CEPT and European Amateur Operations
prinaldo at mindspring.com
Mon May 26 05:42:46 CDT 2008
Thanks for catching that. I'll look into it.
>From: "Robert E. Seastrom" <rs at seastrom.com>
>Sent: May 25, 2008 10:34 AM
>To: Paul Rinaldo <prinaldo at mindspring.com>
>Cc: amrad-tacos AMRAD <tacos at amrad.org>
>Subject: Re: CEPT and European Amateur Operations
>That document does not seem to have been updated to reflect changes
>that have evolved since the international 2003 dropping of the
>requirement for morse code.
>Where does that leave a no-code Extra like me? Eligible for Class 1?
>Class 2? Just out of luck?
>Paul Rinaldo <prinaldo at mindspring.com> writes:
>> To complete the picture, see:
>> which wraps this into the International Amateur Radio Permit, something I've
>> had a hand in over the years.
>> -----Original Message-----
>> From: Joseph Bento @kirtland.com>
>> Sent: May 24, 2008 11:15 PM
>> To: amrad-tacos AMRAD @amrad.org>
>> Subject: CEPT and European Amateur Operations
>> Hey all,
>> During my past years at Hamvention, I never considered what rulings
>> are in place that allow our European visitors to operate legally, or
>> rules that allow us to legally talk to them via radio whilst
>> visiting. I haven't been the most active ham over the past several
>> years, so I was completely unaware of a European program known as
>> CEPT (Conference of European Postal & Telecommunications) The USA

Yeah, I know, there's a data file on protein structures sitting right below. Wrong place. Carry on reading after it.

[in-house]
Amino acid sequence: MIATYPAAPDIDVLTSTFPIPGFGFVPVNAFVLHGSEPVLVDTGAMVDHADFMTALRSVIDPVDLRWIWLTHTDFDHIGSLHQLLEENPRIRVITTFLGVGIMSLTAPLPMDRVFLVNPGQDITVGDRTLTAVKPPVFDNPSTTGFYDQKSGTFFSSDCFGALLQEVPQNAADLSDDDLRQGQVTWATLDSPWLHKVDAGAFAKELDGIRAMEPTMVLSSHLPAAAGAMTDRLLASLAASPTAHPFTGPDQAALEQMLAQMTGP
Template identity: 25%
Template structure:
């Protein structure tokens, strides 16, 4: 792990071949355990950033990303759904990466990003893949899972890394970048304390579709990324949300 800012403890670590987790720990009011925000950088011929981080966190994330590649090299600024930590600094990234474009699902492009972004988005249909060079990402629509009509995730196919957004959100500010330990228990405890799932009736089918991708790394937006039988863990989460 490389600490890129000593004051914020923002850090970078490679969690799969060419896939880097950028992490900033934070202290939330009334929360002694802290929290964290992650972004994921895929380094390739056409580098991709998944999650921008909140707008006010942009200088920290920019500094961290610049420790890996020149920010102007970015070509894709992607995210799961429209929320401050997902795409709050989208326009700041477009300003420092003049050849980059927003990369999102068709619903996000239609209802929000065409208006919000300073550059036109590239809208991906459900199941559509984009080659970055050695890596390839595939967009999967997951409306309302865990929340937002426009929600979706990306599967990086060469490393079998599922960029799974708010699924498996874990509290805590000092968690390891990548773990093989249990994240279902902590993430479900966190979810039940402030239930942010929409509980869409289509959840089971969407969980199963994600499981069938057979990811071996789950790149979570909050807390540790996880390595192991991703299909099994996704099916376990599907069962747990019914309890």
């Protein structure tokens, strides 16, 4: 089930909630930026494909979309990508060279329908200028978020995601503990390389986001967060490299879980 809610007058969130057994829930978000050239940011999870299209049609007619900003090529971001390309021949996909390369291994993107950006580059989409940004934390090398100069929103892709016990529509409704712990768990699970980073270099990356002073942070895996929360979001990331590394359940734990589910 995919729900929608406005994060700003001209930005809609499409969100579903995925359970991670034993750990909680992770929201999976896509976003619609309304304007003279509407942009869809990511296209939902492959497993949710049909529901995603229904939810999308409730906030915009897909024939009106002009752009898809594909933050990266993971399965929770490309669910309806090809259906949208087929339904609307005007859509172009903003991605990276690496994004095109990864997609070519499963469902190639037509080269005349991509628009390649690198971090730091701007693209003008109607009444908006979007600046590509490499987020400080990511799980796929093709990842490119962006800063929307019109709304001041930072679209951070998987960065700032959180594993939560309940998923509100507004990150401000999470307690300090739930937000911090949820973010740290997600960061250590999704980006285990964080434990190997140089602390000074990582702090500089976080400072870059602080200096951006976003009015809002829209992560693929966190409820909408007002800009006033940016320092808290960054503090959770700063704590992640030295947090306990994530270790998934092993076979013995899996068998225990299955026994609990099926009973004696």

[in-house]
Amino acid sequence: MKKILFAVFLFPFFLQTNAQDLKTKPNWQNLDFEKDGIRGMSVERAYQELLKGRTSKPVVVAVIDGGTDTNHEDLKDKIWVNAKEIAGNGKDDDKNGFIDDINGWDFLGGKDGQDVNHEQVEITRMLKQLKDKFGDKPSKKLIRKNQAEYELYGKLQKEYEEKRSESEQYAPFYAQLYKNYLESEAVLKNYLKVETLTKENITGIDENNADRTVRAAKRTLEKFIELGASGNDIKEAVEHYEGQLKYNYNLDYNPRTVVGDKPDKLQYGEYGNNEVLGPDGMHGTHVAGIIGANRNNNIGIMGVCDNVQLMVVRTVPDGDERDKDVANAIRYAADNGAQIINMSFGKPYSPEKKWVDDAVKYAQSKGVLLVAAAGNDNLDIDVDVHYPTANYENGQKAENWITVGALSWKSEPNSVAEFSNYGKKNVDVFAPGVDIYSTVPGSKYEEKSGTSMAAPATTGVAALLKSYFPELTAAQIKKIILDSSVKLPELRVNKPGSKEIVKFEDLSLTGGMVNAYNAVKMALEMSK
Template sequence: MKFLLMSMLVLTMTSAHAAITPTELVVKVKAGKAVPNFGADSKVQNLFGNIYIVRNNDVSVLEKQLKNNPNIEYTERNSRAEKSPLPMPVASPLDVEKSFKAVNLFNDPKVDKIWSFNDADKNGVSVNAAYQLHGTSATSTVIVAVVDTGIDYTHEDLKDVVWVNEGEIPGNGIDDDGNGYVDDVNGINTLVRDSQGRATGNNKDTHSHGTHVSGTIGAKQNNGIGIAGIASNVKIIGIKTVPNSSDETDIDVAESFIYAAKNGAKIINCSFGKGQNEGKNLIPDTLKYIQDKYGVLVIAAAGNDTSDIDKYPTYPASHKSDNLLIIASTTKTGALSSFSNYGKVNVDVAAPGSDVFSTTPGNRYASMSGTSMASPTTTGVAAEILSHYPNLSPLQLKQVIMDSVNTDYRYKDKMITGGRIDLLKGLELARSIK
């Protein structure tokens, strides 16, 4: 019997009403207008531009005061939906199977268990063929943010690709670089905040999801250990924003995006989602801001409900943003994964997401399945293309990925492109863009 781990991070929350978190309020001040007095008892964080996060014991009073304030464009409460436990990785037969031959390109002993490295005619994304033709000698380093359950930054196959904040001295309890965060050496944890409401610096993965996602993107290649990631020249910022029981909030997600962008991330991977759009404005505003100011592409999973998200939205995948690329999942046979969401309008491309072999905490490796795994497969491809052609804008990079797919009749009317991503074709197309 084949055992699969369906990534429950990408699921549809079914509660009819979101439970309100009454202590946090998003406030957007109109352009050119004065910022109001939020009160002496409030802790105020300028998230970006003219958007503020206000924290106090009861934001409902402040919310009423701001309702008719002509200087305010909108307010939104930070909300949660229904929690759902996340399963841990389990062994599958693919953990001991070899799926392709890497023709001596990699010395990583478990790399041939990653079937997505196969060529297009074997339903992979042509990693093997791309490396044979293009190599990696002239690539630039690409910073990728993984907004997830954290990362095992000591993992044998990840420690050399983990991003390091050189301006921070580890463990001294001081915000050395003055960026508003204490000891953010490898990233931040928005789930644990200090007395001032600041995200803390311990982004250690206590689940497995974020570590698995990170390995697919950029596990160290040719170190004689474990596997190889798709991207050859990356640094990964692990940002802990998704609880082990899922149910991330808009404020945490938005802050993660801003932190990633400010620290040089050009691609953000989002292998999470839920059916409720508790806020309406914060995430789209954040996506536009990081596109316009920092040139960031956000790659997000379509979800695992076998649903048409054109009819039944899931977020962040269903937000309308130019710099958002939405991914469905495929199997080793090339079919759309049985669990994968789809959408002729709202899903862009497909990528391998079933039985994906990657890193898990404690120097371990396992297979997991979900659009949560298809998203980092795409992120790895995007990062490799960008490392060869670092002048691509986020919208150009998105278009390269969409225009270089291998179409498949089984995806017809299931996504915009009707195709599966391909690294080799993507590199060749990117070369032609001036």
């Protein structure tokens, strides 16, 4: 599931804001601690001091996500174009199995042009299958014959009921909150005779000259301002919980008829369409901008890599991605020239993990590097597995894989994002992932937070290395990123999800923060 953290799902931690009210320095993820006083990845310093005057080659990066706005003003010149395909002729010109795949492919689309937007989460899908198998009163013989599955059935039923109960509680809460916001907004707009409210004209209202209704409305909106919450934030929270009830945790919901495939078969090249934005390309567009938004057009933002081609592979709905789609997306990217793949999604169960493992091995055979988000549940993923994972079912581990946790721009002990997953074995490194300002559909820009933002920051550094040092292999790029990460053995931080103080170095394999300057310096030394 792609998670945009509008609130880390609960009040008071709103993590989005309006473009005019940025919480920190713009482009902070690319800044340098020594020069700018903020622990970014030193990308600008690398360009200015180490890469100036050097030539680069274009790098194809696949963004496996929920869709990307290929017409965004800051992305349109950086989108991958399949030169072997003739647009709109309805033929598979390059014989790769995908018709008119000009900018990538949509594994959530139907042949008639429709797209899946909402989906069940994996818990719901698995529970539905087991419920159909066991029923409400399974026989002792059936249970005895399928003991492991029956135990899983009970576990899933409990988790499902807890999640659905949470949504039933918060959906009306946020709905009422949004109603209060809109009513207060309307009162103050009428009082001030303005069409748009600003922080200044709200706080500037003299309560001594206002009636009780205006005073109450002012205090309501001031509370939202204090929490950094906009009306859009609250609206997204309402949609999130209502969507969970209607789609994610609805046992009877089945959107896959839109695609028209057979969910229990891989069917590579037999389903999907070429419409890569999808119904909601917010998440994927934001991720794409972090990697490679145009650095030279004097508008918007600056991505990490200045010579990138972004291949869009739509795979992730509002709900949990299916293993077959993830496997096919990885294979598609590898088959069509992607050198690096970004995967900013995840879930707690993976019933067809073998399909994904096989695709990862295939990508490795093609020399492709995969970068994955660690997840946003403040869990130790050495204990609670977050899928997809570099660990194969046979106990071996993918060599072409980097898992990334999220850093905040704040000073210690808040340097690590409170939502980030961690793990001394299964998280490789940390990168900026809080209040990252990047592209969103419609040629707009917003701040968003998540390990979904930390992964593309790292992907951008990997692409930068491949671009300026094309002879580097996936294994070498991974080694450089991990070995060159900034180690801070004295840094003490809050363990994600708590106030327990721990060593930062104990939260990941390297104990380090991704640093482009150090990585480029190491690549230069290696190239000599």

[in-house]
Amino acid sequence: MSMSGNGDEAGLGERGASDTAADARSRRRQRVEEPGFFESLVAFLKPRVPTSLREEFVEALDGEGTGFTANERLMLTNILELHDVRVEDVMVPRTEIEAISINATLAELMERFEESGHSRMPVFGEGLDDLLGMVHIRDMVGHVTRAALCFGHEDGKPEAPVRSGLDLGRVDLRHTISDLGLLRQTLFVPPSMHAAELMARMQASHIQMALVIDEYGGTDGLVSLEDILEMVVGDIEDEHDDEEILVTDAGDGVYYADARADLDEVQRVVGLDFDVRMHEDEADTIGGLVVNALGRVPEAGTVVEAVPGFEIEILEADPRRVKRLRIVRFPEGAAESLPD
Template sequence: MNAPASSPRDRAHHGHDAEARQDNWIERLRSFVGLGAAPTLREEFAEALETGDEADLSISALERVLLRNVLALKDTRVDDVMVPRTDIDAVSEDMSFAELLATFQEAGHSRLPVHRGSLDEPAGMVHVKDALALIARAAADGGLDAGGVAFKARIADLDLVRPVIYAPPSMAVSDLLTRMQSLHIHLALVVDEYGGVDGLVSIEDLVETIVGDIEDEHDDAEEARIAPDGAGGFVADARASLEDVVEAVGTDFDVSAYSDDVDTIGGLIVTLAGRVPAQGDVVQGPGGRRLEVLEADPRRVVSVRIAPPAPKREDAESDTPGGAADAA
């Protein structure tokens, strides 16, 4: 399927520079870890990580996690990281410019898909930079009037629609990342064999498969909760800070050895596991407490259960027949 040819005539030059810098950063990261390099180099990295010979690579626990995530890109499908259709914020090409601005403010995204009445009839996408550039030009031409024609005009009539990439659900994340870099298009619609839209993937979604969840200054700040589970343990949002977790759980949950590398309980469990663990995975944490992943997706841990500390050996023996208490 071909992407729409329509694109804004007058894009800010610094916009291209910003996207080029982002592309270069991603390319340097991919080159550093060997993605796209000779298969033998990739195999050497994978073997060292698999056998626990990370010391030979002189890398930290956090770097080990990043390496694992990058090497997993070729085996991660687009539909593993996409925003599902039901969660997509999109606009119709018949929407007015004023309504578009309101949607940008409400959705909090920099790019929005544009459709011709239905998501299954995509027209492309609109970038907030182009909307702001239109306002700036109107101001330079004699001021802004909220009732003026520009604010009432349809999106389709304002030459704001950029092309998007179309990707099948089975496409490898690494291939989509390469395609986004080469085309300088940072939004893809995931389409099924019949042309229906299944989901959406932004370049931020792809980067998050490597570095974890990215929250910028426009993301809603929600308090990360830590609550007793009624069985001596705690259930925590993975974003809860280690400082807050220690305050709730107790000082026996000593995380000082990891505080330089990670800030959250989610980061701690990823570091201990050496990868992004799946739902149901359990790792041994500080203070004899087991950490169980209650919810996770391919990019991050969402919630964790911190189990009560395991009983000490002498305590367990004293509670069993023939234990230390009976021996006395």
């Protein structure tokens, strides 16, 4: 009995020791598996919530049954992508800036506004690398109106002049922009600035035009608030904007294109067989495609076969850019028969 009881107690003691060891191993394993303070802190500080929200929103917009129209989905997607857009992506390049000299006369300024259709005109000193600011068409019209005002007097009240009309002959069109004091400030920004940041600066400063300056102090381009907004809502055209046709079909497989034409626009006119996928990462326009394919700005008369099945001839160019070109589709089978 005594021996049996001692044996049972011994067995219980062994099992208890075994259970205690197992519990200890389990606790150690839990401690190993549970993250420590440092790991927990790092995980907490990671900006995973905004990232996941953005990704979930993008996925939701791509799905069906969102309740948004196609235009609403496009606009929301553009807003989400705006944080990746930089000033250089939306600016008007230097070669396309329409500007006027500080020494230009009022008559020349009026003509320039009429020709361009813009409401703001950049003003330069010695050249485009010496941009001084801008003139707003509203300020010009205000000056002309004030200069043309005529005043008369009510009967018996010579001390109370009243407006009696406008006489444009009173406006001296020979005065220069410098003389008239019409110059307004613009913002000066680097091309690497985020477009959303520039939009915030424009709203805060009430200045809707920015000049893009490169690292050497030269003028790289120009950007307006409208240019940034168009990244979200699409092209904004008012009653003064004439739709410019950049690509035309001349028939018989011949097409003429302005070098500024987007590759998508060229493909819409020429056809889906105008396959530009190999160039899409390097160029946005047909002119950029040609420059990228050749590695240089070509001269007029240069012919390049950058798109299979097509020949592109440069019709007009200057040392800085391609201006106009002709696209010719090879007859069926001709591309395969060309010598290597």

>> has no voice or authority with CEPT, though it recognizes the
>> participating countries, and CEPT recognizes the USA. Member
>> nations may operate their amateur stations when on holiday in the
>> There is a caveat for American amateurs visiting Europe,
>> however. CEPT member nations used to honor all American license
>> classes. Unfortunately, due to our dumbing down of the written test,
>> elimination of morse code, etc, this is no longer the
>> case. American Advanced and Extra class licenses maintain full
>> operating privileges whilst visiting CEPT member European
>> nations. American Novice and General class licenses are no longer
>> recognized. USA hams visiting Europe (and I believe European hams
>> visiting the USA) must carry their original issued license as well
>> as a CEPT document (available for download, and printed in English,
>> French, and German) stating their authority to operate in the
>> country they are visiting in accordance with CEPT.
>> I was still thinking along the lines of the old reciprocal licensing
>> program. CEPT seems much easier. Reading through the CEPT
>> documentation also makes one think that the USA is in essence a
>> European nation, geography and voting rights
>> notwithstanding. Perhaps the world is becoming a friendlier place
>> after all.
>> 73,Joe, N6DGYPleasant Grove, UT
>> Tacos mailing list
>> Tacos at amrad.org
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